The social enterprise that’s today responsible for reviving the indigenous textile industry in the Philippines all but started from a young girl’s childhood dream. Anya Lim, the visionary behind ANTHILL Fabric Gallery, was raised by culturally proud Filipino parents who owned a textile business. Anya grew up with bedtime stories about heroes from indigenous groups in the Philippines. Family vacations comprised of visits to local communities and weaving villages.
Cebu-based textile company gives hope to local weavers, partners with FedEx to deliver the threads that keep the culture alive
Many might know ANTHILL as a fashion brand. But at its core, ANTHILL, which stands for Alternative Nest and Trading/ Training Hub for Indigenous/Ingenious Little Livelihood seekers, is a social enterprise that promotes Filipino culture through contemporary design.
Inspired by childhood memories
Anya’s inspiration to start ANTHILL was sparked when she returned to a village in Banaue – mostly known for the rice terraces – in the Philippines which had turned into a ghost town, devoid of “weaving, carving, and celebration of local culture” that she had enjoyed as a child.
During ANTHILL’s beginnings, local weavers were given little to no mainstream recognition. Traditional patterns were mainly used for furniture and household products. The fate of weaving was uncertain as younger generations were unwilling to inherit the craft.
Anya wanted to make sure that ANTHILL would have enough supply before creating the demand and launching the business. The first five years of the enterprise’s operations focused on capacity building. They ensured that their community partners were ready for business. They provided leadership and financial literacy skills training, with the end goal of making the weavers self-reliant.
From baby steps to leading advocacy for fabric culture and art
ANTHILL’s first big break came in the form of a partnership with an established local cafe chain where they were tapped to dress their baristas and provide textiles for furniture upholstery. They were featured in the establishment’s merchandise section for social enterprises. “This allowed us to grow our visibility in communities like Abra and gave us credibility,” Anya shares.
Since ANTHILL started, Filipino traditional weaving has made a resurgence. What was once a dying art has been revived by designers and entrepreneurs.
These vibrant patterns are incorporated into apparel, home decor, and other items admired and desired around the world. Today, these products play a key part in Philippine exports with the fashion industry’s demand for natural fabrics.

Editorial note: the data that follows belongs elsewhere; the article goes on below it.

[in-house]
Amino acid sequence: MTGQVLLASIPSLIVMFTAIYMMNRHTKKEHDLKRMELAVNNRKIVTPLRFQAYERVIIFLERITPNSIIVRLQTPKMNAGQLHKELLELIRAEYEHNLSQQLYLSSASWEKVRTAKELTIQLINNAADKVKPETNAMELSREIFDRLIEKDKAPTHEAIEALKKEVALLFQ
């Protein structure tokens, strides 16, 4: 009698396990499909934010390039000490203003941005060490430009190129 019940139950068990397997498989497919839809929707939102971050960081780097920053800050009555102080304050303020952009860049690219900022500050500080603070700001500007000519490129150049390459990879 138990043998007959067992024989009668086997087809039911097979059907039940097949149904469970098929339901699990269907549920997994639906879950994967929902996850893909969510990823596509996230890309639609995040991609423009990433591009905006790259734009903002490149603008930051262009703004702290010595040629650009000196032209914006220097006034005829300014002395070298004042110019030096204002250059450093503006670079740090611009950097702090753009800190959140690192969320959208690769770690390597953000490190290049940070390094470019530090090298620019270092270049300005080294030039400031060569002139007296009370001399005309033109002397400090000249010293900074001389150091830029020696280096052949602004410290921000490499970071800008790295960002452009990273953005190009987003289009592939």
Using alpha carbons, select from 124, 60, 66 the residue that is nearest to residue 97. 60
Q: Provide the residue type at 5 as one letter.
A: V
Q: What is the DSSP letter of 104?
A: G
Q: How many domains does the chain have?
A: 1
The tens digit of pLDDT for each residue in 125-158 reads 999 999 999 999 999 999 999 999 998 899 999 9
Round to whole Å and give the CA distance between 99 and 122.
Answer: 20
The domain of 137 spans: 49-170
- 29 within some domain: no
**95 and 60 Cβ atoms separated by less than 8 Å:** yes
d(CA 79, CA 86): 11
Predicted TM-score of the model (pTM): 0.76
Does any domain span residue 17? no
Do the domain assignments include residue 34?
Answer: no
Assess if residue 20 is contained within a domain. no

Today, ANTHILL’s biggest market is its global customers, making up between 80-90% of sales. Many of these clients, Anya says, are Filipinos living abroad who wish to connect to their roots and wear their identities.
To fulfill the growing demand from around the world, ANTHILL began working with FedEx in 2017. “FedEx has provided tremendous support in our global expansion,” Anya says. “Without them, we will not be able to serve our international customers.”
ANTHILL has struck up partnerships with businesses in Europe, the United States, Hong Kong, and Japan. To better serve them at lower costs, Anya and her team worked with FedEx to consolidate international shipments. “We crunched the numbers and came up with the costs and average rates that will fall within different locations and weight categories. This way, it’s a win-win; our clients pay less on shipping, without affecting our bottom line.”
Rethreading the Loom amid COVID-19
2020 was set to be a promising year for ANTHILL. The social enterprise had booked several popups in Manila and trade shows in the United States and was all set with procurement and production. When the pandemic ripped through the global economy, Anya and her team had to find other ways to support their partner communities.
“First, we decentralized the supply chain, so that everyone can work from home. We were committed to prioritizing people over profit, and we made sure nobody was laid off,” she shared. “We cut down our revenue channels. From four revenue channels, we went down to two. We used to do uniforms for hotels and schools, but that side of the business stopped. Our face masks and our online channel became the bloodline of our business. We were also left with a lot of fabric because of the canceled events, so we started selling them online as well.”
The majority of ANTHILL orders during the pandemic have been bulk purchases of masks to US clients, who then proceed to resell them in their respective stores.
ANTHILL remains determined to continue advocating for Philippine indigenous textile and local culture. Adapting to the pandemic, they are focused on developing products relevant to the times and serving communities.
“Aside from masks, we’re also looking at home essentials, room-to-zoom blouses for those who work from home, and Christmas decor,” shares Lim. “We’re are eager to collaborate with brands and designers abroad who will have the demand for our fabrics.”
As ANTHILL bravely faces the future and the world at large, FedEx is proud to support the Cebu-based textile company in their mission of keeping indigenous Filipino culture alive.